III. Thoreau and Maps

Supporting Maine History. The focus of our work is, of course, Maine and its history. Our collecting policy emphasizes the preservation of materials with a clear Maine connection, and many of our special public programs address Maine concerns.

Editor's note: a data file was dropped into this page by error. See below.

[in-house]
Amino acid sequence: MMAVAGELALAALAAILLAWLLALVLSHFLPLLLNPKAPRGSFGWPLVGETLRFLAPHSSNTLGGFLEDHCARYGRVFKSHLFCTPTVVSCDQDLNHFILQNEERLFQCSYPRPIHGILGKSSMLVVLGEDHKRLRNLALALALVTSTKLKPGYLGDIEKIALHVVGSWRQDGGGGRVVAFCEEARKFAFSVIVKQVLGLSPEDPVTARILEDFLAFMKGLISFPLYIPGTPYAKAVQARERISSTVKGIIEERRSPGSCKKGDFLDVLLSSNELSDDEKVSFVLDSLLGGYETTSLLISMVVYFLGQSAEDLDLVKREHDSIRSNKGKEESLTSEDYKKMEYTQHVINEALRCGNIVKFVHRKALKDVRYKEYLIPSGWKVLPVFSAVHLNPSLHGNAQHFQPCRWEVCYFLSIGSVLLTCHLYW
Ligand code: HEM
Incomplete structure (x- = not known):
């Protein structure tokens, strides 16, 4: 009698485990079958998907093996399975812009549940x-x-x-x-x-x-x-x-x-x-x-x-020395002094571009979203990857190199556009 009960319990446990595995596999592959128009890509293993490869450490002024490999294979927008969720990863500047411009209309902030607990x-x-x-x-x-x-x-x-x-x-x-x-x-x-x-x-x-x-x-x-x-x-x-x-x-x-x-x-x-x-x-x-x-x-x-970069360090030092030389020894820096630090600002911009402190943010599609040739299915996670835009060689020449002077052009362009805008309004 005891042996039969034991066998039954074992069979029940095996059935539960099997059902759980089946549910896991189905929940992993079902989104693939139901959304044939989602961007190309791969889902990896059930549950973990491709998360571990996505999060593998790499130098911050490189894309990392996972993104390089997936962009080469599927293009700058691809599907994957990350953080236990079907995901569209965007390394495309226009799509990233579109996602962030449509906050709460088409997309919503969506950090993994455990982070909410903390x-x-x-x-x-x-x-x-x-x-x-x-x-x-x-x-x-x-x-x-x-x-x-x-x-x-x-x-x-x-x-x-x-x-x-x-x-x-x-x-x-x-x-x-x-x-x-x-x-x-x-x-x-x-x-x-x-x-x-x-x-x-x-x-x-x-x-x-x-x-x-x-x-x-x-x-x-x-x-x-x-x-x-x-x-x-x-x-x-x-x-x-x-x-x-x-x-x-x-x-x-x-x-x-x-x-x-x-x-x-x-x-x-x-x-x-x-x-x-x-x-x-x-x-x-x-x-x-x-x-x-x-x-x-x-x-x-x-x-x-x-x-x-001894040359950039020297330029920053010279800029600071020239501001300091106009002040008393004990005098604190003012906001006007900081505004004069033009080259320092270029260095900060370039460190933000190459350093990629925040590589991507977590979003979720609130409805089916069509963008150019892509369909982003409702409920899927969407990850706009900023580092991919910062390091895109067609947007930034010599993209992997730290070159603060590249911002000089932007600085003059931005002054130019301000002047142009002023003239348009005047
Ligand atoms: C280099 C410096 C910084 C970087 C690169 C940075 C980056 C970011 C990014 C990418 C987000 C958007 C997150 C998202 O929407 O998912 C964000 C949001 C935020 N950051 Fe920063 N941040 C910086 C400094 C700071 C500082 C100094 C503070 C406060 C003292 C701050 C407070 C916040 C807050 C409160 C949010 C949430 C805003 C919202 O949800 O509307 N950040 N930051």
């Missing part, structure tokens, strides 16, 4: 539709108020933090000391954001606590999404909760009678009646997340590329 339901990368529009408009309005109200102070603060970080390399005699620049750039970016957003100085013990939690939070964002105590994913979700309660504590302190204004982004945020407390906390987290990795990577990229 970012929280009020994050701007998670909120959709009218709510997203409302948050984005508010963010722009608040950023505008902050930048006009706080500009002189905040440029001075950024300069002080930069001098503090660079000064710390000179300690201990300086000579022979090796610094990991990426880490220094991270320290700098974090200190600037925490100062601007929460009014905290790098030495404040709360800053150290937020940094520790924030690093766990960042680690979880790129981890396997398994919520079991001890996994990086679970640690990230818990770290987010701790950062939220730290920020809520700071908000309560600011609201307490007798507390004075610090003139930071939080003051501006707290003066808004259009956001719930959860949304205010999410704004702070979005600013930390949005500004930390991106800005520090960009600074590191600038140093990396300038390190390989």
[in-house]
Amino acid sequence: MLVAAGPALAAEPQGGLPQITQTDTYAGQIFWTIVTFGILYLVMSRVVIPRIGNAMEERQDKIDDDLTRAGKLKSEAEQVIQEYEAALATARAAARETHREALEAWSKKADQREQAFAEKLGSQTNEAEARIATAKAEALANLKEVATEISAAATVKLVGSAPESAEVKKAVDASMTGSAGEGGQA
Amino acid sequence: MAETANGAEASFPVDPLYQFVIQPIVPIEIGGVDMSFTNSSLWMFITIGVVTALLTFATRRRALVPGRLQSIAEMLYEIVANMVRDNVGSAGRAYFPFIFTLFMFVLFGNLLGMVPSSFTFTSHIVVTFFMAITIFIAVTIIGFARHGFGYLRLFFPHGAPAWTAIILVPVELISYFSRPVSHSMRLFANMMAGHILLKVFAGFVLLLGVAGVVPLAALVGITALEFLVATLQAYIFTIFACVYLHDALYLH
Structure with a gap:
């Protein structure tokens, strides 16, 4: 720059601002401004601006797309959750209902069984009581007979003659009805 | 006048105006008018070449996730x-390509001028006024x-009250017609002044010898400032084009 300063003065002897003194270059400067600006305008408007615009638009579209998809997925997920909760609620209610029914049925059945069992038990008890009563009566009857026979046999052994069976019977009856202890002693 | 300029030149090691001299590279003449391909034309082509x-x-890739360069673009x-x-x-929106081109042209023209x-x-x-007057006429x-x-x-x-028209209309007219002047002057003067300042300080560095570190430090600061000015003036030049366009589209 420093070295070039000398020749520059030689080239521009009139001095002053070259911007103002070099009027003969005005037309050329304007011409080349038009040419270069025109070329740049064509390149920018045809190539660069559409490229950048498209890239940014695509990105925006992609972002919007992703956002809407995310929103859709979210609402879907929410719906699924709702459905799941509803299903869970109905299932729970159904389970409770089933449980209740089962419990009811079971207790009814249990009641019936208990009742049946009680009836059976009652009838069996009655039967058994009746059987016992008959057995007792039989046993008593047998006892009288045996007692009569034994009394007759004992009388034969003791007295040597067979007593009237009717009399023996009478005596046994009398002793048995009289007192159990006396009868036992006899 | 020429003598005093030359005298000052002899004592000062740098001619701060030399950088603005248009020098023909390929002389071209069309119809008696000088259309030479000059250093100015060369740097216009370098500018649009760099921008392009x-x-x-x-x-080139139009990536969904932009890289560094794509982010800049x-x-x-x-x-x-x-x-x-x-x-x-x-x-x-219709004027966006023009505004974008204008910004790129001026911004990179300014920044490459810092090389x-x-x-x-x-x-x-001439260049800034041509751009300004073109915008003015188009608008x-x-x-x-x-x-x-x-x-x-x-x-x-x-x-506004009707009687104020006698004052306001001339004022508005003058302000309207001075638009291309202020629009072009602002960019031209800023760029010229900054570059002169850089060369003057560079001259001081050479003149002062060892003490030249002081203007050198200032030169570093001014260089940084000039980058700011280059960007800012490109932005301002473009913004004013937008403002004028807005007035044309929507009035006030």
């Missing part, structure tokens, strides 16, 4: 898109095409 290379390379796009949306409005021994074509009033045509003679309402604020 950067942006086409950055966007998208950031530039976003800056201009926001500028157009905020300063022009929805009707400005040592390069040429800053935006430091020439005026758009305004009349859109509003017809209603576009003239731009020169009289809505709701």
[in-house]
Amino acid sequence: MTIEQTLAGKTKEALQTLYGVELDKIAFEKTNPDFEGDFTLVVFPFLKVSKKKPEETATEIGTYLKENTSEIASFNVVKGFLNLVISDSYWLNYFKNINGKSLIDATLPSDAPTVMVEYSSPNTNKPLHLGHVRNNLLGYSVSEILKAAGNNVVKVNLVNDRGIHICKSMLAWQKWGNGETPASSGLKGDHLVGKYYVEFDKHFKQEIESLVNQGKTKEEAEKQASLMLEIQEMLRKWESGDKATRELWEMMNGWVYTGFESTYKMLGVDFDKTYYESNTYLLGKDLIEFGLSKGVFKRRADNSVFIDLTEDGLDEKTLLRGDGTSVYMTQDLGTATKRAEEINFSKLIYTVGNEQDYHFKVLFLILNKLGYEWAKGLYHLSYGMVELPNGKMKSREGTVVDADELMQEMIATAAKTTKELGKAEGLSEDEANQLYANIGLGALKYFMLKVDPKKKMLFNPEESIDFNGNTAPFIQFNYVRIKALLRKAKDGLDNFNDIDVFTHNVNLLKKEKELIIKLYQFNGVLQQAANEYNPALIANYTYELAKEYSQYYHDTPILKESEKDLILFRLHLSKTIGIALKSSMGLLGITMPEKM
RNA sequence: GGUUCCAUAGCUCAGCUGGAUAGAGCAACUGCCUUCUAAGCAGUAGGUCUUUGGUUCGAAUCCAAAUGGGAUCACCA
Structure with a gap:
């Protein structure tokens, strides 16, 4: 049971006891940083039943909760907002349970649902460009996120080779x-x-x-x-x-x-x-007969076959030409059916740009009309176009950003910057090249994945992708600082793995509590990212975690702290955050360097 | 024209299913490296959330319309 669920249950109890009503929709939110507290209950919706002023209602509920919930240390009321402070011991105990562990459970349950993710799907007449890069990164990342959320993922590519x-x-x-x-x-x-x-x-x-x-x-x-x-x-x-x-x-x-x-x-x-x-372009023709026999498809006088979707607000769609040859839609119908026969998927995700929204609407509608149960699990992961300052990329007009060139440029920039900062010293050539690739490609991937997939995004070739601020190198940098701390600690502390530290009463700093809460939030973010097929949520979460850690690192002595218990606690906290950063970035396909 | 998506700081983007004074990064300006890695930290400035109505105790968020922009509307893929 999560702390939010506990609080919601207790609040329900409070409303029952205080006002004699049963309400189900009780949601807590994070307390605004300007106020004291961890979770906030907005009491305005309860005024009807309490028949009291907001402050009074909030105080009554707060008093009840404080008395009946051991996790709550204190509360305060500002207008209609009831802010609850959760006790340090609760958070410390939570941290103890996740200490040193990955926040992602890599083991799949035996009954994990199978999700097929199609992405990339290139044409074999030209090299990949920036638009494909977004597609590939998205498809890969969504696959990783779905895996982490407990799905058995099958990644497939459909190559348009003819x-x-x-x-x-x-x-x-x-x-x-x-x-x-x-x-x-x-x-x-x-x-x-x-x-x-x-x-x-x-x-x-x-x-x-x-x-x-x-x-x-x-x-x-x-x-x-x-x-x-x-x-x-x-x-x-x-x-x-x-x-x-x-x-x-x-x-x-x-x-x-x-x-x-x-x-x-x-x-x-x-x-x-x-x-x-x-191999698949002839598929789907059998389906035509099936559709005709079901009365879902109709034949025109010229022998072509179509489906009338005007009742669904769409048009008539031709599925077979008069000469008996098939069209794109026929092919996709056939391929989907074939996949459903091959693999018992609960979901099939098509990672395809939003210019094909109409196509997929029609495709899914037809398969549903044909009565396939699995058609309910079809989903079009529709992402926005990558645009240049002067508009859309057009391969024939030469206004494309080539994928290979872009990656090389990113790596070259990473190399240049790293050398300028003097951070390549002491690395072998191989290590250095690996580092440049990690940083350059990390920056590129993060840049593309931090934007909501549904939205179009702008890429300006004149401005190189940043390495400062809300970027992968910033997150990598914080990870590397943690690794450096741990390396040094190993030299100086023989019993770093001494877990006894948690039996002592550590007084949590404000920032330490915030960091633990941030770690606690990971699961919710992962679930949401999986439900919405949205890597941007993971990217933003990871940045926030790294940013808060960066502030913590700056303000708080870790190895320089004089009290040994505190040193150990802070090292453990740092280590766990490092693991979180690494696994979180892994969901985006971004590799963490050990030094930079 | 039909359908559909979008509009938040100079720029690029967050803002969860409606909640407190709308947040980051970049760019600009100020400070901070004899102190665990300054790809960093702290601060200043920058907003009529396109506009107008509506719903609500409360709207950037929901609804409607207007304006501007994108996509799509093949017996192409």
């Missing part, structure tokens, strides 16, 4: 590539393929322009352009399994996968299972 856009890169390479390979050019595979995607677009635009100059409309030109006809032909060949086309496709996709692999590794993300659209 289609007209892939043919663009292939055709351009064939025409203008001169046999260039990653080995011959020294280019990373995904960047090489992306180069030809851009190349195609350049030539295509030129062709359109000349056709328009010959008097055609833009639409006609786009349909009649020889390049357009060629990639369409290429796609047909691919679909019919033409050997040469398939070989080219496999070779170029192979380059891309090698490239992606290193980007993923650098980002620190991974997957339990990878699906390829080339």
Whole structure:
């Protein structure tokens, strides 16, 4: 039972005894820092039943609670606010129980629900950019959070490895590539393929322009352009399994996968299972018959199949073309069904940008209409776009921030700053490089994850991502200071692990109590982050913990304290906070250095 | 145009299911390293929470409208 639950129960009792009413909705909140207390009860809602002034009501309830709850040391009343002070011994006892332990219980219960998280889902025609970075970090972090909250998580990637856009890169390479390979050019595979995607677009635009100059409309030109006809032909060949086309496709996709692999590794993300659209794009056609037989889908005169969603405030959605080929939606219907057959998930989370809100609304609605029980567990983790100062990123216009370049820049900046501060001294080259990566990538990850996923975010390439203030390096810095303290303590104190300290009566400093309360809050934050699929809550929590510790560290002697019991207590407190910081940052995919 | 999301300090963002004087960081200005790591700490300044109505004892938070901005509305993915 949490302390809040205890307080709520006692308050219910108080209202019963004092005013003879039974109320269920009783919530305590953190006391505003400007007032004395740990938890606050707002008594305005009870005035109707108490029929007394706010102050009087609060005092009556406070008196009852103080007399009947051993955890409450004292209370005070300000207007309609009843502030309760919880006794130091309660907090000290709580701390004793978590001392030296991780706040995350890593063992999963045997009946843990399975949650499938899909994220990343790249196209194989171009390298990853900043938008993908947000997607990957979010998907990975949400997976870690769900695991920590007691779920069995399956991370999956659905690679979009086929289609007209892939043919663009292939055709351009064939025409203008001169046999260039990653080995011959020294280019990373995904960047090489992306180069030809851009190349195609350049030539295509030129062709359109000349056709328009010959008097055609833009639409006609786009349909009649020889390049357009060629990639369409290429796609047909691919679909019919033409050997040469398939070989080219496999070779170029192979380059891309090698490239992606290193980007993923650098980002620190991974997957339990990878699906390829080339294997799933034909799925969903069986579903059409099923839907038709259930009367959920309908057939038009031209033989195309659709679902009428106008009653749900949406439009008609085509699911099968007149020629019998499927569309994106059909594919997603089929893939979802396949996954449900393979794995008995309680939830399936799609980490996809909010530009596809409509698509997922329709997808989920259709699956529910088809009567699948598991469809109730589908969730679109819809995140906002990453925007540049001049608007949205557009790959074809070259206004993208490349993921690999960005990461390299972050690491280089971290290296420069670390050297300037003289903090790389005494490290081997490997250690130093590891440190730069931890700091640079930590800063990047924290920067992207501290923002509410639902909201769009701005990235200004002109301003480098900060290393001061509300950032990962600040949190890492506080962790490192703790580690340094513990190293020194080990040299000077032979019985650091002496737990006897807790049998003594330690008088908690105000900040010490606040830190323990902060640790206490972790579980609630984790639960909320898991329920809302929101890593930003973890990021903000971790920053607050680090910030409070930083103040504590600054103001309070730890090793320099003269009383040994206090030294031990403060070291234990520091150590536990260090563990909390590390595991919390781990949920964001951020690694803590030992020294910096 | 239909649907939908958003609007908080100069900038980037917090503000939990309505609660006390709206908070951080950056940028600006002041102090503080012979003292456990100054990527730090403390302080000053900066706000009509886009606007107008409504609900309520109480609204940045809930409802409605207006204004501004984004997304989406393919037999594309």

Maps are integral to many aspects of Maine history, most obviously in relation to the many explorers and travelers who traced the region’s coasts, rivers, and hills and to the division of the interior into towns for sale and settlement. These two themes coincide when Henry David Thoreau first traveled into the Maine woods in 1846 during his second summer at Walden. Thoreau’s profession as a land surveyor in Massachusetts (items 7 and 8) presented him with a significant paradox. While his work took him repeatedly into the woods around Concord and permitted him to observe nature closely, each survey inevitably presaged further human modification of the landscape and destruction of those woods. Thoreau nonetheless held all maps up to a high standard for both topographical and geometrical accuracy. He was therefore very disappointed that the standard map of Maine (item 5) seemed to bear little relationship to the actual rivers and lakes of the interior; he much preferred a less common, but higher resolution, map of Maine’s public lands (item 6). For more information about Thoreau, his surveying, and his use of maps at Walden Pond and in Maine, see Kent Ryden, “‘A Labyrinth of Errors’: Thoreau, Cartography, & The Maine Woods,” in his Landscape with Figures: Nature & Culture in New England (Iowa City: University of Iowa Press, 2001), 96-134.